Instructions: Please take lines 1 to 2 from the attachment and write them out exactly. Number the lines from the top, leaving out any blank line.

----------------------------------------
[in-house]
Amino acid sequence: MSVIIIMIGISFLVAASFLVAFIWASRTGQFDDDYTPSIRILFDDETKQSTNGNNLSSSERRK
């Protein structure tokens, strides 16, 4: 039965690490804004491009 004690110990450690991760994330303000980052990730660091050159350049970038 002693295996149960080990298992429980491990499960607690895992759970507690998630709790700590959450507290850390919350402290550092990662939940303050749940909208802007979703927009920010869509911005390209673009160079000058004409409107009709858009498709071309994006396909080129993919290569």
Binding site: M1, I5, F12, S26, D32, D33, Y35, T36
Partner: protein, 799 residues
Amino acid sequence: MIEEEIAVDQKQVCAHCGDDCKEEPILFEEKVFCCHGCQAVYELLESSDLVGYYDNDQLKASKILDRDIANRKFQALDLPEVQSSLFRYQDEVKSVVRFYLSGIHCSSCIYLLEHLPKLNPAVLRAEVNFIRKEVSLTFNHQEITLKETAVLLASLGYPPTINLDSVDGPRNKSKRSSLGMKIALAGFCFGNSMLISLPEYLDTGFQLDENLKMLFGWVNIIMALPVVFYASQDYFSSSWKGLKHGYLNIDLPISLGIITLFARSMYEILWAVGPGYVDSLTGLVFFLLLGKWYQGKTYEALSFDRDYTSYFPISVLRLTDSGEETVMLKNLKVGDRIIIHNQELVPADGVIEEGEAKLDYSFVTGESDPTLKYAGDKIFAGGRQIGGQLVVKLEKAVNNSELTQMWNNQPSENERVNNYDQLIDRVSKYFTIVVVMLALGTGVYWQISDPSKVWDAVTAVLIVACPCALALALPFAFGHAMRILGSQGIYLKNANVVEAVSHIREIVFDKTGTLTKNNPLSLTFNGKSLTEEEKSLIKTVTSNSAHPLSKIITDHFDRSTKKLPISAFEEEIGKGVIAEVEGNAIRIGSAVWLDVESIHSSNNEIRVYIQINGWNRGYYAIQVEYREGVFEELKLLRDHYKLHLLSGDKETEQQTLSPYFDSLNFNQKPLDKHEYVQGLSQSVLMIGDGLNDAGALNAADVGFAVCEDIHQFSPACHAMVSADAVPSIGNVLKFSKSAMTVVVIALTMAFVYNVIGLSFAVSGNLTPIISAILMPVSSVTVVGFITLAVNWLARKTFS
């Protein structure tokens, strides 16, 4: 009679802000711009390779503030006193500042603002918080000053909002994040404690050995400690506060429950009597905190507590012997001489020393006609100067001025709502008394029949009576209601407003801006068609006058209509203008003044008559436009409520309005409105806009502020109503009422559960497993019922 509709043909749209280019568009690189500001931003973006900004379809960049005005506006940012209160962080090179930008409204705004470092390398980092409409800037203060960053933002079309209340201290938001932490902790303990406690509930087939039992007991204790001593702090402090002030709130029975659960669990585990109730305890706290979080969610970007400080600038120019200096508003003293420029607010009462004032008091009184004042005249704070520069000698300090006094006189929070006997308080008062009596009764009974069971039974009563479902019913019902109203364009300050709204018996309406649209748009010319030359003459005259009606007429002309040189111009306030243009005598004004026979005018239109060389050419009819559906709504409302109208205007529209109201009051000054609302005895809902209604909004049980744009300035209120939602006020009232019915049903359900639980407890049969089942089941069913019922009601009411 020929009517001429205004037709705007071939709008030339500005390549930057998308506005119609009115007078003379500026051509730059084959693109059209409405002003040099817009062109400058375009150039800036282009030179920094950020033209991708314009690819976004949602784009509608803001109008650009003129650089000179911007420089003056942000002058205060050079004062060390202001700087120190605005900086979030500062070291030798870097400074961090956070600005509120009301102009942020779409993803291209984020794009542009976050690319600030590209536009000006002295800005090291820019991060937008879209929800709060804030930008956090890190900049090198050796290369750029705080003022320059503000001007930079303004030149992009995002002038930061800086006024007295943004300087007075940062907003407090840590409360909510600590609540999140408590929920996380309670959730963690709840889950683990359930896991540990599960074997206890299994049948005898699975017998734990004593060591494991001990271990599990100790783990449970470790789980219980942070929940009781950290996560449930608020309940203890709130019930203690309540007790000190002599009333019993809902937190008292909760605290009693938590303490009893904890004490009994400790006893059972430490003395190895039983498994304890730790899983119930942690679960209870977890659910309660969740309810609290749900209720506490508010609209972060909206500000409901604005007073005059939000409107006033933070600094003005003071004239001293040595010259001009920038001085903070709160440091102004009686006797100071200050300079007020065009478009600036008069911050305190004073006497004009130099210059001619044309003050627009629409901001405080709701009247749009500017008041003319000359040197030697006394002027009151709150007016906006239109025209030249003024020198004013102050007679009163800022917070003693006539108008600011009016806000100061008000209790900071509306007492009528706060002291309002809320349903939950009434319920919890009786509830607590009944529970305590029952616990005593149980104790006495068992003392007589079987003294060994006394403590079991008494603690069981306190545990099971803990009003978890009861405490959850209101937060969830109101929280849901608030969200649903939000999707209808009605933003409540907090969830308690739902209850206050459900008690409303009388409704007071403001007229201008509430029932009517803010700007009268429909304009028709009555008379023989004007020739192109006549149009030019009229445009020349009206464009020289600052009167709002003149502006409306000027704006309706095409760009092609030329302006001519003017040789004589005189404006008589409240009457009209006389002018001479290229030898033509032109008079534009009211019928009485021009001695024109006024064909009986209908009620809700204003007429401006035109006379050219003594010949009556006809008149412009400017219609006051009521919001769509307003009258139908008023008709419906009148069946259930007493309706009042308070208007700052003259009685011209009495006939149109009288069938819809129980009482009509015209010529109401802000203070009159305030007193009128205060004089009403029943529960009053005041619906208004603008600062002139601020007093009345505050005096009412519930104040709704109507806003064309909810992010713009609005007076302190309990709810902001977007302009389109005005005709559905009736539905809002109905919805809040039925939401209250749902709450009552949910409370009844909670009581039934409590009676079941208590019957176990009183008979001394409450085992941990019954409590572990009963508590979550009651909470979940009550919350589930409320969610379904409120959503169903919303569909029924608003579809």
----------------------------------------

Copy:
[in-house]
Amino acid sequence: MSVIIIMIGISFLVAASFLVAFIWASRTGQFDDDYTPSIRILFDDETKQSTNGNNLSSSERRK